Yachting and Colourblindness

The problem with color blindness on yachts (or any type of vessel) is that one cannot differentiate between red and green navigation lights, which is a very serious problem when entering harbours or trying to identify other vessels at sea at night.

Colourblindness restrictions are important for the safety of everyone on board and at sea.

Certificate Restrictions

If a person is colourblind, we place a restriction on the certificate stating “No Solo Watches”. This restriction applies to both daytime and nighttime.

"Can I still be certified to operate and/or captain a yacht?"

Yes, however, the operator is restricted from “stand-alone” watches on the bridge in command of a vessel without another person present to verify and confirm the colours of navigation lights on other vessels when entering or leaving a harbour.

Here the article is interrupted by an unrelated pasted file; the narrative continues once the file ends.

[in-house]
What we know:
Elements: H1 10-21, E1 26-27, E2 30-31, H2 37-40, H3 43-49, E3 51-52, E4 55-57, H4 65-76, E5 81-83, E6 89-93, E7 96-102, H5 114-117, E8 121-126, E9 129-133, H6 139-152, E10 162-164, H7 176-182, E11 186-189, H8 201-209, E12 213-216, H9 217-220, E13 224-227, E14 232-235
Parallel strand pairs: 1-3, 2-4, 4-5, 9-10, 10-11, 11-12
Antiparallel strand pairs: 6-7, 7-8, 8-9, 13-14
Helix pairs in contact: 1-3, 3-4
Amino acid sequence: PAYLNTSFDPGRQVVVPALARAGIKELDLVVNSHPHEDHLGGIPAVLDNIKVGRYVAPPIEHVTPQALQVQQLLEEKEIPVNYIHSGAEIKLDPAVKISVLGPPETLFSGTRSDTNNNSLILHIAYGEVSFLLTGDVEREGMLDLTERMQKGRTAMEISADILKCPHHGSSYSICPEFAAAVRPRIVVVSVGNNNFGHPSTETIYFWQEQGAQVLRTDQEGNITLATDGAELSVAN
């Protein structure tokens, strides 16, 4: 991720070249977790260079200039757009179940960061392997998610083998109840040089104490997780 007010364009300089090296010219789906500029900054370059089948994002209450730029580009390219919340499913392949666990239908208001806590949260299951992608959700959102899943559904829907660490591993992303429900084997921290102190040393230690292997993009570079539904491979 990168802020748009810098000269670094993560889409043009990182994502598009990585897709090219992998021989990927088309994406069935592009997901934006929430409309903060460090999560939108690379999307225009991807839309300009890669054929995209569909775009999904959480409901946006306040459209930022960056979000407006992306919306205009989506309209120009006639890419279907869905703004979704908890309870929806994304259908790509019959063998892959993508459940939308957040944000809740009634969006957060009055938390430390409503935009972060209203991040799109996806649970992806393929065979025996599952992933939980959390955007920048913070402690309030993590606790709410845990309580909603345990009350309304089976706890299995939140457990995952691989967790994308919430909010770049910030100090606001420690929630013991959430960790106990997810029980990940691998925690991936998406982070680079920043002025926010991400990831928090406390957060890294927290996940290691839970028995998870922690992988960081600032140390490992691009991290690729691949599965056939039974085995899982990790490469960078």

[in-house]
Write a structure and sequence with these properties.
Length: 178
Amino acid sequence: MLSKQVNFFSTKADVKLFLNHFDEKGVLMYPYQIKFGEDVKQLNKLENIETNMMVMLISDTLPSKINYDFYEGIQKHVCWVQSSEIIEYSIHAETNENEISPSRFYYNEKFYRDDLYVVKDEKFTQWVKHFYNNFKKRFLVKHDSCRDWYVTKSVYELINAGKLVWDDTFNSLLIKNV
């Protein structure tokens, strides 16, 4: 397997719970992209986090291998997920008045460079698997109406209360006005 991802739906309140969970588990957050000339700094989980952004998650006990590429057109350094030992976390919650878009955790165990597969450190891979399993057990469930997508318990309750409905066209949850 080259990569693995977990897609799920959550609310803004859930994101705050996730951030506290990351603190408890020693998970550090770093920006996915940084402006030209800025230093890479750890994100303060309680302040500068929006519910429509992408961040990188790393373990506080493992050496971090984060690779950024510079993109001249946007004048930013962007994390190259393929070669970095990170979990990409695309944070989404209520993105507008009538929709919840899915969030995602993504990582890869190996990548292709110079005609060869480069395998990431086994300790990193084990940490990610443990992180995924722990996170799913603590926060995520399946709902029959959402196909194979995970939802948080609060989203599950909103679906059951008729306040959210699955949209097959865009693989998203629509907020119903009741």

"Who may stand watch with me?"
The other person present must be qualified to be an Officer of the Watch as laid down by the Safe Manning Document for commercial yachts, or someone approved by the insurance company is the case of Private registered yachts.

"Can I still receive certification for Officer of the Watch?"
Yes, but the same "No Solo Watches" restriction still applies. With that, many candidates with colourblindness restrictions opt for positions in other fields, since a second person would still need to be present to verify the colours of navigation lights while on watch.

Colourblindness Testing

IYT Worldwide accepts the Ishihara test and Farnsworth Lantern colourblindness tests, which must be performed by a qualified physician.